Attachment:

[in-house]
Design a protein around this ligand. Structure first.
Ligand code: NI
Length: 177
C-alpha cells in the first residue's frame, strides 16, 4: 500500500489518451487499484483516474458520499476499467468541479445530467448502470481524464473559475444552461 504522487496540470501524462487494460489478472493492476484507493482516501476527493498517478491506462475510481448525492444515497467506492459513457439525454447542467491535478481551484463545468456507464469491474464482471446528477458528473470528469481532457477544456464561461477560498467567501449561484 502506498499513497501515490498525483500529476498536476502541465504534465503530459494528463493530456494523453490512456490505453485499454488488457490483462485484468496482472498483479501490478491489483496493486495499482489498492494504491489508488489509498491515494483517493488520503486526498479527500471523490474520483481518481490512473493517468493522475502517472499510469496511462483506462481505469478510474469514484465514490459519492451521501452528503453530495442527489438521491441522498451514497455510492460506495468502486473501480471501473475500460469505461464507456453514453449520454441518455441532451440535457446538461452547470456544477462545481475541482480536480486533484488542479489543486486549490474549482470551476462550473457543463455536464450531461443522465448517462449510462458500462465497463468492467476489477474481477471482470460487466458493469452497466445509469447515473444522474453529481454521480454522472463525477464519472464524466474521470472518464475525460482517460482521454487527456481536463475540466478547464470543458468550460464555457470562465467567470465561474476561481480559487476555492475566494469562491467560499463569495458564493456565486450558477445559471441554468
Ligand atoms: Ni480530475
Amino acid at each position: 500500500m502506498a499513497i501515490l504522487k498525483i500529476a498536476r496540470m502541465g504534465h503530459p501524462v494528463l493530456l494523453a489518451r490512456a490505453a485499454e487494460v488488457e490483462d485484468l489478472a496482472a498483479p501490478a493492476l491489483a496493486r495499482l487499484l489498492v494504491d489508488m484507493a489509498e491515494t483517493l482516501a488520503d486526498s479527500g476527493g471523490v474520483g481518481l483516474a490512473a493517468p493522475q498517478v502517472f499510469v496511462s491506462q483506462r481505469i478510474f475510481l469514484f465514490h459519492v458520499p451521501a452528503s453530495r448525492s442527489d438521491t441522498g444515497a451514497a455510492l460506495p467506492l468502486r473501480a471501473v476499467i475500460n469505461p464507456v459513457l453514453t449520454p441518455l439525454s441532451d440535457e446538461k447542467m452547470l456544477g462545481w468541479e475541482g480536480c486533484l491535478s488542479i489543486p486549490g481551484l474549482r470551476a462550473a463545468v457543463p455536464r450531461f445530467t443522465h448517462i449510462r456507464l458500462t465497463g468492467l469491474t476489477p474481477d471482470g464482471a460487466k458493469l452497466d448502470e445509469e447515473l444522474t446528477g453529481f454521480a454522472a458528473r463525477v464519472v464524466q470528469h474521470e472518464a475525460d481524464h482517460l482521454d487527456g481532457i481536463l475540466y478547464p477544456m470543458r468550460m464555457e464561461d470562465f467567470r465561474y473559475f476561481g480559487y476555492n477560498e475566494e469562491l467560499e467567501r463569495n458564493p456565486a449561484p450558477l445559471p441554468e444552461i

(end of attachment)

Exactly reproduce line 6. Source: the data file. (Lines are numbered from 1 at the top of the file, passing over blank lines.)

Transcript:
Ligand atoms: Ni480530475